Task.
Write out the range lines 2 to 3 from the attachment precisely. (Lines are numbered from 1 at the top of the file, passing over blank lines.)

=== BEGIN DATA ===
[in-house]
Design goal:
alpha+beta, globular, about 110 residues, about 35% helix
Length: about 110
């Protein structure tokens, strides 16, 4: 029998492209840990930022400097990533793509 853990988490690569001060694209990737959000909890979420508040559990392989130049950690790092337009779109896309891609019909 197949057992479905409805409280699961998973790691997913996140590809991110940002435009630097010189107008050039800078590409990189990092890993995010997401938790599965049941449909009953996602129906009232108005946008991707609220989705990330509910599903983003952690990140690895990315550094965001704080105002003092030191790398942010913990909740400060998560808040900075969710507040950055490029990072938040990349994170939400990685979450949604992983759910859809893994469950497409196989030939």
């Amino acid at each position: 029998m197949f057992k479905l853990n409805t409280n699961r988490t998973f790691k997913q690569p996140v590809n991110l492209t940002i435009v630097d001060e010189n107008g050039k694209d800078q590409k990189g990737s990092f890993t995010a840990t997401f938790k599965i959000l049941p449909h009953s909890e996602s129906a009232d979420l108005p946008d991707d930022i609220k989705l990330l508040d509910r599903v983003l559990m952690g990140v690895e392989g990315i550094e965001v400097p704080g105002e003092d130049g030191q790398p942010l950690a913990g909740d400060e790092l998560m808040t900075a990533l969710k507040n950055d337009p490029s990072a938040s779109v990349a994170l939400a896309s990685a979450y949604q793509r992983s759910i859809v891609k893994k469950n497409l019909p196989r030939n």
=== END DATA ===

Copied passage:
Design goal:
alpha+beta, globular, about 110 residues, about 35% helix